The Last Twist on the Silk Road - the Fall of Ross Ulbricht

With a solid foundation of how the website worked, last month's arrest gave us the opportunity know the operator and his motivations. Since then we have been pouring over the government's indictment which is a shocking view into this dark world. In between the lines of the indictment there appears to be story, which tells us about Ulbricht's mindset and how it may have been used against him.

A Fallen Idealist

Ulbricht may have started out with real or perceived virtues, but that quickly fell apart once he got into bed with criminals. In the credo of his public personae (on his LinkedIn profile), he explains the motivation for creating Silk Road:

"I believe violence, coercion and all forms of force by one person over another can come to an end. The most widespread and systemic use of force is amongst institutions and governments"

Moreover, his Libertarian message of individual freedom was the driving force of The Silk Road as a "movement" and he writes in the black market's charter:

"Silk Road is a global enterprise whose purpose is to empower people to live as free individuals. We provide systems and platforms that allow our customers to defend their basic human rights and pursue their own ends, provided those ends do not infringe on the rights of others."

Sounds wonderful, but what did he do when he had the power himself? He immediately resorted to violence to enforce his policies. His professed libertarianism came crashing down as he sanctioned murder to defend the institution he created. Within his own "government" he used systemic force and coercion to maintain the Silk Road rule of law. Everyone who knows Ulbricht talks about how smart he is, but inviting cannibals to your dinner table with the expectation of grace seems quite naive.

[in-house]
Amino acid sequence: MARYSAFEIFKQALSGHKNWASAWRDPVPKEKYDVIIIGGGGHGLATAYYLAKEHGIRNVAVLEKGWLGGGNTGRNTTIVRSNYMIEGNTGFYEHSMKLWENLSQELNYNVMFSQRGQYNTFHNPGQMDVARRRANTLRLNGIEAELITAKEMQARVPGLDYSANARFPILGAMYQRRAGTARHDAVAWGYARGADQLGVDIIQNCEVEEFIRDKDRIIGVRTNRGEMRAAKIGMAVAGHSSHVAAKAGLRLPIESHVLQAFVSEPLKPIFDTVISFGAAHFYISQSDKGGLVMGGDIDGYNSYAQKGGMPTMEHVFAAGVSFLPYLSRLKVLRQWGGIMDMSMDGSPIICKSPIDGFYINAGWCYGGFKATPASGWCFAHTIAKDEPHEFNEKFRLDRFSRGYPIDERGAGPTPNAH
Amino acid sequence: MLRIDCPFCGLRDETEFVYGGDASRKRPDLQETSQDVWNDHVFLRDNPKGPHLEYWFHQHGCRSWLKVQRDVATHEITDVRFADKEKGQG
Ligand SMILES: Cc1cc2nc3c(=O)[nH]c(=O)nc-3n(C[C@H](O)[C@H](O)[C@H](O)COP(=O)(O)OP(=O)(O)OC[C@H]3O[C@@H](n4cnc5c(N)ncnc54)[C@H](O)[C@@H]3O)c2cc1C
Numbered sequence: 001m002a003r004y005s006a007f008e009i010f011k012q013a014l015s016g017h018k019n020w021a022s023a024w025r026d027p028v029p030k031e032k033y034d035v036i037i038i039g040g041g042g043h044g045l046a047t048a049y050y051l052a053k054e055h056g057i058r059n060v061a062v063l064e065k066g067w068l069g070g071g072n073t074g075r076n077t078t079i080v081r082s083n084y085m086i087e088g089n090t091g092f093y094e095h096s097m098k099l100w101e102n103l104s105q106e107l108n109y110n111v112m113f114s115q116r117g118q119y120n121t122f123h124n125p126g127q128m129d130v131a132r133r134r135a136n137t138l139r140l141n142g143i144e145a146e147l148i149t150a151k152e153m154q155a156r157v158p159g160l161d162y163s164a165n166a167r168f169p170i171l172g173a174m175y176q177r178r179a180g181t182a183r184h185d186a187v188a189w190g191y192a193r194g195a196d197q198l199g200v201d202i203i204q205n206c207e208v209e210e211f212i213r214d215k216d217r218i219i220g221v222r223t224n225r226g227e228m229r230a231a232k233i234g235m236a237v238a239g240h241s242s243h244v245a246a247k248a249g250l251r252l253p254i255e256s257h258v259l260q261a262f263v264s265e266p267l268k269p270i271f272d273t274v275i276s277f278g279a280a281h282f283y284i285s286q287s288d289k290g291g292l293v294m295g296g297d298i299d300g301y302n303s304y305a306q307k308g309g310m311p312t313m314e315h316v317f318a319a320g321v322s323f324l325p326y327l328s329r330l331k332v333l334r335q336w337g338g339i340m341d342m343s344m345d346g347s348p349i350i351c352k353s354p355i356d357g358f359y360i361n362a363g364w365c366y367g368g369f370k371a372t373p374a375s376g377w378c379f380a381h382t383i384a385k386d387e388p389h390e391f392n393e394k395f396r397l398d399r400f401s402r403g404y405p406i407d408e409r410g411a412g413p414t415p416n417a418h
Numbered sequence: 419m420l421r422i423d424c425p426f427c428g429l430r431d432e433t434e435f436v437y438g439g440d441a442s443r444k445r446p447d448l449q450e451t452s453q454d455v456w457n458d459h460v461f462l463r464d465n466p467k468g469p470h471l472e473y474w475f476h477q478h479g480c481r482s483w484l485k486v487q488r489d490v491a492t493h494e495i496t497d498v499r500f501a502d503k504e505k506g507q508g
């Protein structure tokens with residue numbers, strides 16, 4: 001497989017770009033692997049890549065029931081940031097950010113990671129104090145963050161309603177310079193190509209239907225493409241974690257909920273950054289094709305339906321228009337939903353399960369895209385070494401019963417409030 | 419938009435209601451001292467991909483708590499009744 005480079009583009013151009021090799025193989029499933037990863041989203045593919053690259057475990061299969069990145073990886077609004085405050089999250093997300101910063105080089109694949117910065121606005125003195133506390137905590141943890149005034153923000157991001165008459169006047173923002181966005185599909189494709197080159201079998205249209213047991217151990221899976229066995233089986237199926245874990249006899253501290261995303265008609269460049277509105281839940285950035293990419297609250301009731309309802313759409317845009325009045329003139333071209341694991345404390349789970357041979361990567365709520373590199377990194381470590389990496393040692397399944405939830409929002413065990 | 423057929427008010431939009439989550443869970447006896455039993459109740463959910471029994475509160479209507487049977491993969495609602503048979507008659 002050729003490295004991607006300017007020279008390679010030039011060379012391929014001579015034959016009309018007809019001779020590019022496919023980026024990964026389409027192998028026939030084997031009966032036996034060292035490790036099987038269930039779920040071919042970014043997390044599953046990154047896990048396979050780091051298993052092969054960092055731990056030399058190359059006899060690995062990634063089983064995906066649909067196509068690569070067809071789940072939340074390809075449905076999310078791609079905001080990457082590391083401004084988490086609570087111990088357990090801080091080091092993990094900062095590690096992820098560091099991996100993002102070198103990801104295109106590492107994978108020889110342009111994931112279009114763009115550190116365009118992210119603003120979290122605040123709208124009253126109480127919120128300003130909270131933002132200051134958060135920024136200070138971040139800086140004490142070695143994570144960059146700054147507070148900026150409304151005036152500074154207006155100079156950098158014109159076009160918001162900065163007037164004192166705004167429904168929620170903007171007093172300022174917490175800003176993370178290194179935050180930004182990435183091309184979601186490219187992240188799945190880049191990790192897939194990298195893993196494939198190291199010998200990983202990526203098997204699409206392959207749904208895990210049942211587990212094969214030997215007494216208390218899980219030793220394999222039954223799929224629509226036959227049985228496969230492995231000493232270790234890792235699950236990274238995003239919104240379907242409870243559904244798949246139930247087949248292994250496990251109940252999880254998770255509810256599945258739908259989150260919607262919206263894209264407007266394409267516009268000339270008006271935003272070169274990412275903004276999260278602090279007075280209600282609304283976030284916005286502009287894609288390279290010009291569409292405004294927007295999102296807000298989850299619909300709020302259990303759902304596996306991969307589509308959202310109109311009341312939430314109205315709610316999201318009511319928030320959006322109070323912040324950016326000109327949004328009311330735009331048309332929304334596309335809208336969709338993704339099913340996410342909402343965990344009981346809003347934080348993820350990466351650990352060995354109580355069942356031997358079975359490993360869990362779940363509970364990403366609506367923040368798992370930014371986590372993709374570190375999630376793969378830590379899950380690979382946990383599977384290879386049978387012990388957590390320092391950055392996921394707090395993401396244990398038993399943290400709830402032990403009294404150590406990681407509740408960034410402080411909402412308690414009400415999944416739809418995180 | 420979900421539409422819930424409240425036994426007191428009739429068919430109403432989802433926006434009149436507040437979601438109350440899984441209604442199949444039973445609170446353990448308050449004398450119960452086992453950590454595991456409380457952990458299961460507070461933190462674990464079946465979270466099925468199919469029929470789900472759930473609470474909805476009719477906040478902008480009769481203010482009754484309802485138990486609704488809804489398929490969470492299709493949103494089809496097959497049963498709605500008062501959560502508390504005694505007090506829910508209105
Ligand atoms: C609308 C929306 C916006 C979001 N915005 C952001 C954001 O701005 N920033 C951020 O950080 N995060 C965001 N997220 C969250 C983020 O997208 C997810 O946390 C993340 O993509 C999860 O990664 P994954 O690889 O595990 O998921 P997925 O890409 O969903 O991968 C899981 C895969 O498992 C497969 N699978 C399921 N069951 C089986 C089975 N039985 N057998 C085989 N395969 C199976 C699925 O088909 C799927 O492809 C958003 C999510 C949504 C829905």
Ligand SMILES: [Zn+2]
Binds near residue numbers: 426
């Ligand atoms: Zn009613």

Was The Dread Pirate Roberts Targeted by Con-Artists?

In the government complaint, we see in vivid color the dirty background dealings of Silk Road and the lengths Ulbricht went to protect his empire. Roughly, the story goes something like this (all details are extracted from the criminal complaint: UNITED STATES OF AMERICA V. ROSS WILLIAM ULBRICHT 13 MAG 2328): A Silk Road user called "FriendlyChemist" claimed to have hacked another Silk Road vendor and threatens to reveal the identities of Silk Road customers. "FriendlyChemist" shows DPR some of the hacked data and demands $500,000. In turn, "FriendlyChemist" said he needed the money badly to pay off drug-dealers he owed money to. DPR asks to speak to the "FriendlyChemist" suppliers and is contacted by "redandwhite." DPR and "redandwhite" work out a deal to assassinate "FriendlyChemist" and then bring "redandwhite" directly onto Silk Road to sell his drugs. Meanwhile, an unidentified fourth person is supplying DPR with the identity and location of "FriendlyChemist." DPR pays "redandwhite" $150k in Bitcoin to murder "FriendlyChemist". "redandwhite" executes "FriendlyChemist," who was apparently a married father of three, and then sends a picture of his corpse to DPR as proof. Nasty and brutal. But none of it happened.